Survival : Gil Anidjar

It may well be that the historicity of the survivor and the historiographic disagreements over its dating (ancient or early modern, pre- or post-nuclear, etc.) are ultimately less important than the structure of survival—one that many of the thinkers whom I have referred to invoke and that involves a series of dualities. The survivor is dead and alive, witness and Muselmann, spared and petrified. More importantly, survival is the inherently collective and political significance of one individual figure, a figure which, after Richard Tuck, I proposed that we should understand within the limits of political psychology. Indeed, another theoretical (that is, visual) plane must be mentioned here as well, upon which Martin Harries singularly focalizes, namely, “destructive spectatorship,” that “disturbing form of complicity: demonic participation in the desire to destroy,” which implicates mass audiences.91 But Harries is writing of spectatorship, which however active, is not necessarily the first association we might have when it comes to political power.

In his remarkable contribution to the “history of the future” genre, Sven Lindqvist comes the closest to illustrating the core of Canetti’s claim that “the moment of survival is the moment of power.” Lindqvist locates the first chapter of a new narrative in the emerging scientific imagination of Charles Cuvier, according to which it became conceivable that “the species created by God were not eternal. They could [Cuvier] said, ‘become extinct’ in a kind of ‘revolution of the earth’. And we the new tribes that have taken their place, could ourselves be destroyed one day, and replaced by others.”92 Cuvier’s lecture is dated January 27, 1796. According to Lindqvist, it took only a few years after that for Cuvier’s notion of extinction to capture the imagination of his contemporaries.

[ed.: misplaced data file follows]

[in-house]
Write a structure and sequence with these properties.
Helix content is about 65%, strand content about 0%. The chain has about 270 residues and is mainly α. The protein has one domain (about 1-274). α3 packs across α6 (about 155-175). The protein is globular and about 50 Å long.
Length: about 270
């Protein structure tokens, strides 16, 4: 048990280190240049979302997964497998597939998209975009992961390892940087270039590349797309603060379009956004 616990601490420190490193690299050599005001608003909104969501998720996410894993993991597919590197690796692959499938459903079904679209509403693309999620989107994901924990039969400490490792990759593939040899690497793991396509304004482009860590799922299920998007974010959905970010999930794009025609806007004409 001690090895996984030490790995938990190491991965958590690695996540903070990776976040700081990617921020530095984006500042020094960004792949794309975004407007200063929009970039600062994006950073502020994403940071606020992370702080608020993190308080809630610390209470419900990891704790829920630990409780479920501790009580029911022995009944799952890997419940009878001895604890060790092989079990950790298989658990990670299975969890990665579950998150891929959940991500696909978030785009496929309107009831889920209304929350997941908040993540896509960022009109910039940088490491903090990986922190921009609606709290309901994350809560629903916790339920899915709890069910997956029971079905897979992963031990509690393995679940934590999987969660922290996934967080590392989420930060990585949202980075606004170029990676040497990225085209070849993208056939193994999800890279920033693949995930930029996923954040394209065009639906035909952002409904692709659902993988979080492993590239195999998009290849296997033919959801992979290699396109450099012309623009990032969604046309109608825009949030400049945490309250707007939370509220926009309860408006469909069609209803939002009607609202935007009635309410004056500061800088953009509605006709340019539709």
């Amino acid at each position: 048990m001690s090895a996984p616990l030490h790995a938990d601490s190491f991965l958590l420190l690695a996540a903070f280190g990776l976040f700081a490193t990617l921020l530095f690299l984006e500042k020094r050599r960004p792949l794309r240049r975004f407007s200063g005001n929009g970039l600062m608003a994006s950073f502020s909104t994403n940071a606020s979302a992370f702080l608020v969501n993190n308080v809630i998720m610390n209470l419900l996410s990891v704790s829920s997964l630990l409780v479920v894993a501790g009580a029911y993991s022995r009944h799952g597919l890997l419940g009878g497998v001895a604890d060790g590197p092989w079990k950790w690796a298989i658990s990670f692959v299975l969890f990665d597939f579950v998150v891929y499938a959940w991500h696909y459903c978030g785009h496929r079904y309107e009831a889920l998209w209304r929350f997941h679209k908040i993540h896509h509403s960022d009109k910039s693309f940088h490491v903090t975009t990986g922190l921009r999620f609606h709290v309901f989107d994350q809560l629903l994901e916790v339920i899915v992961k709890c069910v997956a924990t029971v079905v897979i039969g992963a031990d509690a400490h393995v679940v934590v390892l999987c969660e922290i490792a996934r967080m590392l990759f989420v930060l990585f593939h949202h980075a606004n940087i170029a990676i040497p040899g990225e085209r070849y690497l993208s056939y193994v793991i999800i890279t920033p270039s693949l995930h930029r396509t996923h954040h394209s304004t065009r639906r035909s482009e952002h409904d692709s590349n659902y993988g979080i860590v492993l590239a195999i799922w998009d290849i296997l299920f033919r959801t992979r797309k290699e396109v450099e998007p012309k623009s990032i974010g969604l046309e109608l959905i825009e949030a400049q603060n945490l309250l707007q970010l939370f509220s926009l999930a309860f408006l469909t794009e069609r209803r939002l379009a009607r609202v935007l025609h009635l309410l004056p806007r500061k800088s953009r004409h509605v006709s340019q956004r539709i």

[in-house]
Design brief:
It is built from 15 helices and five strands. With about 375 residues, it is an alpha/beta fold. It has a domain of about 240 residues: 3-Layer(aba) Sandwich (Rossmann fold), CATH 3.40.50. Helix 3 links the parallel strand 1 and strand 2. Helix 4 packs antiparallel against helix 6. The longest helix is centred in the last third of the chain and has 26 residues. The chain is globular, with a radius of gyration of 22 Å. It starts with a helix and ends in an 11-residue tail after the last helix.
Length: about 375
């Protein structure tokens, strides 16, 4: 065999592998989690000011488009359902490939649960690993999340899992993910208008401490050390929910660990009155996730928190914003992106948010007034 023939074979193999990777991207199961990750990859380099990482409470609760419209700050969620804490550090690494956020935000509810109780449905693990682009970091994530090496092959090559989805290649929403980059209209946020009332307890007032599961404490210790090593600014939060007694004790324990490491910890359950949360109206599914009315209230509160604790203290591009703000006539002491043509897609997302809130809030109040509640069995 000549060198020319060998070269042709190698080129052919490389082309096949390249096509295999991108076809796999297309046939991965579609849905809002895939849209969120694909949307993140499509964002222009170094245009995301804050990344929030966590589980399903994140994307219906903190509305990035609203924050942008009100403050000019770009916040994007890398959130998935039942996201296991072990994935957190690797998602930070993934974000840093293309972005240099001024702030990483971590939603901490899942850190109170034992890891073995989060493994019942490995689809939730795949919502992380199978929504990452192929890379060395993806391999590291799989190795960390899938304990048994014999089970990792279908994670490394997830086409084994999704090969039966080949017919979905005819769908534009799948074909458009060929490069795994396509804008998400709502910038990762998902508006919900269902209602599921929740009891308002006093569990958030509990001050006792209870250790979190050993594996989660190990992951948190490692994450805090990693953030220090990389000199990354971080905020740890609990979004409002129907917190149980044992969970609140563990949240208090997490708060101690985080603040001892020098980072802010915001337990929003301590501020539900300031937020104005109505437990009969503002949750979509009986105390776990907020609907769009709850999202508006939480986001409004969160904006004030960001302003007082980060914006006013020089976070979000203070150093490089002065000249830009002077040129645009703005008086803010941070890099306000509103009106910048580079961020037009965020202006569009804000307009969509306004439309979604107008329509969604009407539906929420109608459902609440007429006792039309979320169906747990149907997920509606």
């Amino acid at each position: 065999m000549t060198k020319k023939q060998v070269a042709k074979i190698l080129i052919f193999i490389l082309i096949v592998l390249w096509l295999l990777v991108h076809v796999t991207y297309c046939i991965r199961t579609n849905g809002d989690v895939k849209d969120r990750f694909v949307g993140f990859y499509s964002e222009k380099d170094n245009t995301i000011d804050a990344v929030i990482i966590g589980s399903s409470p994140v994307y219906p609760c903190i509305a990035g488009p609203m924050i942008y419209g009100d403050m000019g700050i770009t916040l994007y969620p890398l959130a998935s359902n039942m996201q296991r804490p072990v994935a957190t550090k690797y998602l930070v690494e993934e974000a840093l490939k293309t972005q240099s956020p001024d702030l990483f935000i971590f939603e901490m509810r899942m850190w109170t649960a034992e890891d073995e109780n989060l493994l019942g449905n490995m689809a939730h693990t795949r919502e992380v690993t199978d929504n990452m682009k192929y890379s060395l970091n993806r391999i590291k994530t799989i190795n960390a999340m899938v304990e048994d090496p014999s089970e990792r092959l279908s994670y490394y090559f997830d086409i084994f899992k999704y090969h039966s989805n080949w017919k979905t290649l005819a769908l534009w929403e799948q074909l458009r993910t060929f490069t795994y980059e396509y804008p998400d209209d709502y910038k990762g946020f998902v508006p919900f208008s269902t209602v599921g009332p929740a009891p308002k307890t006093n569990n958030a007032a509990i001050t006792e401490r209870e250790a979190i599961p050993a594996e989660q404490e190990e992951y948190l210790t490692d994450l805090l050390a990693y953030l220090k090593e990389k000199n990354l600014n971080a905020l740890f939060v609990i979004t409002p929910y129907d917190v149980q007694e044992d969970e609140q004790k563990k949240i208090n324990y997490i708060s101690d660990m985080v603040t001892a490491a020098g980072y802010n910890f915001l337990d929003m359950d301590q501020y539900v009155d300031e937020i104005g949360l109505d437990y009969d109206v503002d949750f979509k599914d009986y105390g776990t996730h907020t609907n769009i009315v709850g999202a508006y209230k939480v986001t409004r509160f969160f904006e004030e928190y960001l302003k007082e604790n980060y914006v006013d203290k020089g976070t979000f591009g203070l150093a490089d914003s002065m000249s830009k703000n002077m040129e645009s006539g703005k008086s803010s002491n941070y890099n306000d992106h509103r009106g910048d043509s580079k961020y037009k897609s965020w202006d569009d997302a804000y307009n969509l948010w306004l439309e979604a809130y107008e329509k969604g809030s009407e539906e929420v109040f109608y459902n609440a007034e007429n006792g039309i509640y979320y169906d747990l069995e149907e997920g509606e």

In 1806, Cousin de Granville wrote the first of a long series of books famously entitled “The Last Man” or a version thereof. He was followed most famously perhaps by Mary Shelley, who could be said to have written two such books, first in 1818 (Frankenstein, or the Modern Prometheus) and more explicitly in 1826 (The Last Man). There were many others.93 Arguably, it then took until 1906 for someone to come up with “the first fictional being who consciously and intentionally destroys the entire world.”94 The full political complexity of the figure of the survivor, Lindqvist’s analysis therefore suggests, is found not in testimony, but in the eradication of all witnesses, in the destruction of the entirety of humankind save one. That this is an essential dimension of art and literature in the age of mass production (and mass destruction) is significant enough, but the full theorization of this terrifying insight, which also furnishes an explanation for the collective hold the survivor has on us, is uniquely found in Canetti’s Crowds and Power.

In just a few pages that he dedicates explicitly to the survivor, Canetti is asking us to recognize that the survivor has been at the center of our political imagination, a fact of our political psychology. How? “In survival, each man is the enemy of every other.”95 Hobbes, as we have seen, comes easily enough to mind (although Canetti mentions him but once, and in a different context), but Carl Schmitt does just as well. Schmitt famously asserted (about the political, not survival, but then, what is the precise difference?):

Each participant is in a position to judge whether the adversary intends to negate his opponent’s way of life and therefore must be repulsed or fought in order to preserve one’s own form of existence.96